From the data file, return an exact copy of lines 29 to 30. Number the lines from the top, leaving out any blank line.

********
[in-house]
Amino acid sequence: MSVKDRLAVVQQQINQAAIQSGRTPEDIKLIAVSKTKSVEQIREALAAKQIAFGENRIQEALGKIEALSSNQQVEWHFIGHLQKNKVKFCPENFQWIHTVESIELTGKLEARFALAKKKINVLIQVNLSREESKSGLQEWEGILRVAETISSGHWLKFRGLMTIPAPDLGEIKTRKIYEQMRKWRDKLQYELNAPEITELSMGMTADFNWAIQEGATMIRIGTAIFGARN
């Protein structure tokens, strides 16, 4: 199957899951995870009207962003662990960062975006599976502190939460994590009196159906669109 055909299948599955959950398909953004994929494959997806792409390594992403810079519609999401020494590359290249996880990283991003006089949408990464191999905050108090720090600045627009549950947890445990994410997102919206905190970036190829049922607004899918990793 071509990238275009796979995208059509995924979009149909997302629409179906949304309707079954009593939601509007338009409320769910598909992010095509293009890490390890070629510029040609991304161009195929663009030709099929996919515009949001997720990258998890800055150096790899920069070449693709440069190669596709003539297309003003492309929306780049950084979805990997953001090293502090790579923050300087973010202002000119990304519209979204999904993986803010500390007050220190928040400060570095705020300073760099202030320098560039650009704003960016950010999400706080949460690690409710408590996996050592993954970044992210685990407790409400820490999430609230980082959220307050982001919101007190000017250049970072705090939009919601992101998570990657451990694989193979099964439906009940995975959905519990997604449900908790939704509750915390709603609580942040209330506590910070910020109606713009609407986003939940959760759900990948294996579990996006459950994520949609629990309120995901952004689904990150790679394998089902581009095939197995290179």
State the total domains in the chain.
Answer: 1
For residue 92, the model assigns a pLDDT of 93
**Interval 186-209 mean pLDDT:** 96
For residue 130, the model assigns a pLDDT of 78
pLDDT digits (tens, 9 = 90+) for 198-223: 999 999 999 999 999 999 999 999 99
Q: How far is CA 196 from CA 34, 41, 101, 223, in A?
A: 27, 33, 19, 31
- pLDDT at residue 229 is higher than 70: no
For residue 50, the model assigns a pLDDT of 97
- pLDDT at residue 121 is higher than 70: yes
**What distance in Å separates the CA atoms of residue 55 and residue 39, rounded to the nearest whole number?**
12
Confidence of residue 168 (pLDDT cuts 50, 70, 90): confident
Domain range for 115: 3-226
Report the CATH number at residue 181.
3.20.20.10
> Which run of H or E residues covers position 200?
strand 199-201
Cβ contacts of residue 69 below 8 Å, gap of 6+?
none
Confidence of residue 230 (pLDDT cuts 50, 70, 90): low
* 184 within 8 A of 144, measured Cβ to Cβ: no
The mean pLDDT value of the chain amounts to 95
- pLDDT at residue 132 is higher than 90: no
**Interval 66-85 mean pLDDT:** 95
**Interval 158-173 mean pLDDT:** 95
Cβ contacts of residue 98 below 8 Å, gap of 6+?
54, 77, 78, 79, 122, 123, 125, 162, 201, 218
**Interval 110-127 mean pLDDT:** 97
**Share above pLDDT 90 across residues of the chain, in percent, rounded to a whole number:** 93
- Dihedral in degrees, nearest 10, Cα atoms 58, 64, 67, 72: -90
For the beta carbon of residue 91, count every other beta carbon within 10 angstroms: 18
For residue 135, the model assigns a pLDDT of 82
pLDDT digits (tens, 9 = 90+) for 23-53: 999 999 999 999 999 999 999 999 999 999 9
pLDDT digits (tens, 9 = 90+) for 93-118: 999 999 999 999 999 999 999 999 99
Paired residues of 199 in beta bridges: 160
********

**Interval 66-85 mean pLDDT:** 95
**Interval 158-173 mean pLDDT:** 95